Lawmakers hear 4 hours testimony over sports, tourism in Indy
INDIANAPOLIS, Ind.– State lawmakers are considering a bill centering on sports and tourism in Indianapolis.
Wednesday, representatives on the House Ways and Means Committee heard about four hours of testimony from stakeholders for Senate Bill 7. The bill is a 25-year fiscal strategic plan for the Capital Improvement Board. The board manages Bankers Life Fieldhouse, Lucas Oil Stadium, Victory Field and the convention center.
“If we don’t do something now we won’t sustain the strong economic impact that benefits the state into the future,” CIB president Melina Maniatis Kennedy told lawmakers.
The bill would support the board’s current funding mechanism and broaden its tax area through professional sports development areas to help capture revenue for its capital improvements. It would pave the way for funding mechanisms to move forward for a deal to keep the Pacers in Indianapolis, upgrade Bankers Life and construct a multipurpose soccer stadium.
“We’re only asking legislators at this point to give us three years to work out a deal with the city of Indianapolis,” Indy Eleven owner Ersal Ozdemir said.
Supporters filled the hallway outside the hearing room with the Indy Eleven logo. The deal would require the CIB sign a contract with an MLS team who would pay 20 percent of the new stadium.
“For us to be sustainable in the long term we need to secure the future of professional soccer here,” Ozdemir said.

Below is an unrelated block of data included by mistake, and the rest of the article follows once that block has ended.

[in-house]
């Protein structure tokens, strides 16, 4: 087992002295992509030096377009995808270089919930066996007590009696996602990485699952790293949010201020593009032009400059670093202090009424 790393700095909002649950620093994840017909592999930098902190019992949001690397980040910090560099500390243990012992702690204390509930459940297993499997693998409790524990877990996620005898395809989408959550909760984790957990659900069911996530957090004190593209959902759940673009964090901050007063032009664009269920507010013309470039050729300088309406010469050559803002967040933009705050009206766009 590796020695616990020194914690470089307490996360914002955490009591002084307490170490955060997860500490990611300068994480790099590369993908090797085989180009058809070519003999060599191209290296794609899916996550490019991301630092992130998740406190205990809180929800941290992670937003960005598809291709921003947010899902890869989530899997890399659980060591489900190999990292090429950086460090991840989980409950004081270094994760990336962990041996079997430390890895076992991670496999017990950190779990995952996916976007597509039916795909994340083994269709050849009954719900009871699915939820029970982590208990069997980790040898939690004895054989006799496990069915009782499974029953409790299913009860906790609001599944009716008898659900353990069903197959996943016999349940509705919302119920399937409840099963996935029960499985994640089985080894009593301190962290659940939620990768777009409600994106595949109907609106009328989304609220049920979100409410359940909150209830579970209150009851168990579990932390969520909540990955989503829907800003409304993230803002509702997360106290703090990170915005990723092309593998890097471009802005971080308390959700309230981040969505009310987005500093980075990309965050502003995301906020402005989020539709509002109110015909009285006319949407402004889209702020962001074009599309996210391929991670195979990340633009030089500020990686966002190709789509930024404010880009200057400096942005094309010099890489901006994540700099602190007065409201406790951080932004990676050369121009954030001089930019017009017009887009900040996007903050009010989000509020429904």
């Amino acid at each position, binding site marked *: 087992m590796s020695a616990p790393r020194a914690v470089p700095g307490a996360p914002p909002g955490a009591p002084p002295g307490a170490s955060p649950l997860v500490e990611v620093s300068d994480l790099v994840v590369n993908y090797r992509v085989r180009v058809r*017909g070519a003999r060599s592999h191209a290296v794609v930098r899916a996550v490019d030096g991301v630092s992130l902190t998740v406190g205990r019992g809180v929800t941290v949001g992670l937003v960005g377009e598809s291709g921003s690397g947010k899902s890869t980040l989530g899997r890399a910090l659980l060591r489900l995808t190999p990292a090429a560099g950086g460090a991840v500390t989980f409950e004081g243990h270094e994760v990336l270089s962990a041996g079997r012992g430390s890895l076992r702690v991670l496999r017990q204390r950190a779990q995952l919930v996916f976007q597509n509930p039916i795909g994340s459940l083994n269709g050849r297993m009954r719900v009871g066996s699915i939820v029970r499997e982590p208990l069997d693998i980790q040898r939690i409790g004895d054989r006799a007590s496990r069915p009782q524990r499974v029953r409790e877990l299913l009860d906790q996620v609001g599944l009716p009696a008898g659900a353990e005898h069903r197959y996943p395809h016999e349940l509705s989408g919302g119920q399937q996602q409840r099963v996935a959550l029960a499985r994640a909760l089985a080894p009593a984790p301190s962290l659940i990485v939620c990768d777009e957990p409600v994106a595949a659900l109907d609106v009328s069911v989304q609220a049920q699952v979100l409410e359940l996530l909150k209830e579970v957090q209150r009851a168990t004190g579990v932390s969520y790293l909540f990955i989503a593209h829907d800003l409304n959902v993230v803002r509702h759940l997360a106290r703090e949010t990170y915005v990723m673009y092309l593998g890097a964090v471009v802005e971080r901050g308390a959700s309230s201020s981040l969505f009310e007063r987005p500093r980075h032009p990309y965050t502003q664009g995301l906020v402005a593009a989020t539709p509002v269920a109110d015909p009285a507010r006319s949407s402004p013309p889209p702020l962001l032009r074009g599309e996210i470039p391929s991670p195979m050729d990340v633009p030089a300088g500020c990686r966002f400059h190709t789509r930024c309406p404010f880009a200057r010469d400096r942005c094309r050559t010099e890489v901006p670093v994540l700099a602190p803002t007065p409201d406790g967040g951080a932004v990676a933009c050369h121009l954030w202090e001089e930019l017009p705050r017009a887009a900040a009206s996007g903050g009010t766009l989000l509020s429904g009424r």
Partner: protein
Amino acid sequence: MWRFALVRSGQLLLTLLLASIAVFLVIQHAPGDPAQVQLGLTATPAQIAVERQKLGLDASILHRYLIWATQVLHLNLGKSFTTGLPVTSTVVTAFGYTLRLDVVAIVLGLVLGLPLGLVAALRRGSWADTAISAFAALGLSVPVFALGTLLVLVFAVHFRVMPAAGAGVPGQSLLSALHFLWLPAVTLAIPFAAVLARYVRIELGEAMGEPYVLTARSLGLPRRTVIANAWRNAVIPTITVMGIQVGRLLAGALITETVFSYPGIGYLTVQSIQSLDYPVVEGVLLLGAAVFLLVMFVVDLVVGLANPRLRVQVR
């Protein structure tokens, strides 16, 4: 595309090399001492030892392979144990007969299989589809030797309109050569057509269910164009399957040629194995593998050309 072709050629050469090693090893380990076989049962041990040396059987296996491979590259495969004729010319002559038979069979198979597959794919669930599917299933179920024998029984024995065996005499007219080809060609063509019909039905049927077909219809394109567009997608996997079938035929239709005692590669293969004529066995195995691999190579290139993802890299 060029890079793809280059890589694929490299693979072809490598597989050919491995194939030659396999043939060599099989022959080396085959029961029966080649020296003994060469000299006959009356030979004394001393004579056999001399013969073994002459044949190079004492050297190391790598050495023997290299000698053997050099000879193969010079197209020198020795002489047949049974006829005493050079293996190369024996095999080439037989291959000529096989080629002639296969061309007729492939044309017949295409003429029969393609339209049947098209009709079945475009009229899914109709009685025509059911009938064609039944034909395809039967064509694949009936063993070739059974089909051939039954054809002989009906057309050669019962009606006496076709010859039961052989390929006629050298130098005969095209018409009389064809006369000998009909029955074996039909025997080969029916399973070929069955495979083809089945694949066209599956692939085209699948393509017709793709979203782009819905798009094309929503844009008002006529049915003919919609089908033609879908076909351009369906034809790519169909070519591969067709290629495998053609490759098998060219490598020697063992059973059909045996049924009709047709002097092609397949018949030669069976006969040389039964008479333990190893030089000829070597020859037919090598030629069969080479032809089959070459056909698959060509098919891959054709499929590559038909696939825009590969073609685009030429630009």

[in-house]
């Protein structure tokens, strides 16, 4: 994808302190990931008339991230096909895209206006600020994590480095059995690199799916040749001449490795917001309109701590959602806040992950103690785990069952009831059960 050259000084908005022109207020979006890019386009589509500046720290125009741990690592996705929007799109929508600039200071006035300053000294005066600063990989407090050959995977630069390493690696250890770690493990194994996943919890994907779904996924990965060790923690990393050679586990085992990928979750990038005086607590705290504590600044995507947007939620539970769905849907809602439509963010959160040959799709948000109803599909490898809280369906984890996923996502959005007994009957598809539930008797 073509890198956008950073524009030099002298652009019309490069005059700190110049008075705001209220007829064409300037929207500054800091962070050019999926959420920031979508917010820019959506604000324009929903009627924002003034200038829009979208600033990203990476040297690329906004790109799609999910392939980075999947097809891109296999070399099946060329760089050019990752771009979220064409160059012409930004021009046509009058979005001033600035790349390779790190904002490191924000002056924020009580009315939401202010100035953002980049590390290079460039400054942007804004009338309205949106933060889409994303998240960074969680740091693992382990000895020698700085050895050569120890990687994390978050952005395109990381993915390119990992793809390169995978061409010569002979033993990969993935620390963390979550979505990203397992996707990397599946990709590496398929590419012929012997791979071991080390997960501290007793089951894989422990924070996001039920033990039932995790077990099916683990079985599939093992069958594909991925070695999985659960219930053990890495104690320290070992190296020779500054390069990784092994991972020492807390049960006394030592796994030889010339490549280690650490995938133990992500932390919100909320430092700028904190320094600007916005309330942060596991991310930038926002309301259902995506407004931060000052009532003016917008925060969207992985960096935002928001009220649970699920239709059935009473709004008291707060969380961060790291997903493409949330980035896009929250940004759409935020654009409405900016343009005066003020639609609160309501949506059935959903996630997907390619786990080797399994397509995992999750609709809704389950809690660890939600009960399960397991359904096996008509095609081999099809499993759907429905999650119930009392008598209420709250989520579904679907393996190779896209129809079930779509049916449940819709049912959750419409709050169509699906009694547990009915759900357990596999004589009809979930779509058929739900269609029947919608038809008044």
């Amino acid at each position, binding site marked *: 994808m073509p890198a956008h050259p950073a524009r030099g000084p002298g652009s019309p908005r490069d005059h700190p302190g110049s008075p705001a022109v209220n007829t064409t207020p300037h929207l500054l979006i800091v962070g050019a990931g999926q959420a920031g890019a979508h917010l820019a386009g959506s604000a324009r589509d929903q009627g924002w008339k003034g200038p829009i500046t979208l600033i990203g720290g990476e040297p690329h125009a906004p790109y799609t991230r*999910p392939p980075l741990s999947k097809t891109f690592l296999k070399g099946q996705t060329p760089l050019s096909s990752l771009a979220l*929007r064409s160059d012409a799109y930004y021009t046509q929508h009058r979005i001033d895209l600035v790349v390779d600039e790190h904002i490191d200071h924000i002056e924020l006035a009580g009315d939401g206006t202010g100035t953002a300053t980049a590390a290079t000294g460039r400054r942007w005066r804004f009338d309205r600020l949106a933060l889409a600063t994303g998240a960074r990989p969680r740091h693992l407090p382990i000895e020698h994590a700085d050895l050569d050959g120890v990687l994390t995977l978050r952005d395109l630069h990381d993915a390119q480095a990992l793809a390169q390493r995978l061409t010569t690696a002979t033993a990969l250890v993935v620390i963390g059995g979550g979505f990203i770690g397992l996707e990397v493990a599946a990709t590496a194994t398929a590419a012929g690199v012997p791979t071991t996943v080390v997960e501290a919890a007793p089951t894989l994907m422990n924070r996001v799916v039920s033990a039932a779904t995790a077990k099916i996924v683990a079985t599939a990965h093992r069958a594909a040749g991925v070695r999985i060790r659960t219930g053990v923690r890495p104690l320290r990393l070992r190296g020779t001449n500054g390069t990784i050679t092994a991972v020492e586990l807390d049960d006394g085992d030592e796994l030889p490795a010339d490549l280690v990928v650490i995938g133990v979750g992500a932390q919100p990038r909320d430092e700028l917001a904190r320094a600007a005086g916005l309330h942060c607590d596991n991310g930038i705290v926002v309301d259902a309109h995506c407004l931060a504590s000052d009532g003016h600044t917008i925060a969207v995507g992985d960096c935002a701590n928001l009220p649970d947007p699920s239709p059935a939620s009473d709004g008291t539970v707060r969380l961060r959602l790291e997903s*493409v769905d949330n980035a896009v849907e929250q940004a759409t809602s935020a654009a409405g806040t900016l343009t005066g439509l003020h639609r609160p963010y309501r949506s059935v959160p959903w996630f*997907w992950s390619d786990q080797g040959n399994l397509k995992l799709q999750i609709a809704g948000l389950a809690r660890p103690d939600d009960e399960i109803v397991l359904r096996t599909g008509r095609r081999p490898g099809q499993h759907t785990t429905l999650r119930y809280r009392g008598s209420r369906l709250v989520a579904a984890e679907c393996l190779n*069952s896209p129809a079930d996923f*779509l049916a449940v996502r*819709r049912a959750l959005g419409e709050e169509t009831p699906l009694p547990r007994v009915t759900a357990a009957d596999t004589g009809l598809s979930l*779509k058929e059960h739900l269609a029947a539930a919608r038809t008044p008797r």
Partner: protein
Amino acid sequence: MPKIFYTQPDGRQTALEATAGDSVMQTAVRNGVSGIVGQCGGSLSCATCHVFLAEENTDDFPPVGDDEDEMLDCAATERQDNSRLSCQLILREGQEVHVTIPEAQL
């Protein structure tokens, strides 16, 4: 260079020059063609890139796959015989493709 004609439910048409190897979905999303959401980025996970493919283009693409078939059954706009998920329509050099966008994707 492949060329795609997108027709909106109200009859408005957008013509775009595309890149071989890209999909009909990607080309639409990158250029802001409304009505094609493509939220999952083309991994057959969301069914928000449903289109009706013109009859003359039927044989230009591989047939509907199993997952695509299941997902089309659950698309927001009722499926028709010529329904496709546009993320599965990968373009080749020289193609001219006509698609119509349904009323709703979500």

The bill would also broaden the tax area to include the expansion of the convention center. Supporters say it’s necessary to attract and retain tourism and conventions in Indianapolis.
“Since 2014 we have heard from a growing number of our states largest conventions who have said they are literally outgrowing Indianapolis,” Chris Gahl, the senior vice president for Visit Indy, told lawmakers.
The expansion includes a ballroom, more meeting space and two new Hilton-branded hotels.
“In talking with Hilton and Kite Realty, that inevitably there will be meeting space in each of the two hotels to bolster meeting space within the entire project,” Gahl said.
The expansion has been a sticking point for some hotel operators, though.
“There’s oversupply coming, there’s not the proper infrastructure to build it and it will cost us major problems for downtown over the long term,” Dave Sibley, the regional vice president of operations for White Lodging, who operates the JW Marriott downtown, said.
Several operators echoed the concern during testimony and concerns over the voice they had during the planning process.
“We’re invested in downtown and we want the Pacers, we want to solve the problems for the groups that have outgrown this, we just think that there’s a better way to do it,” Sibley said.
Committee members did not vote on the bill today.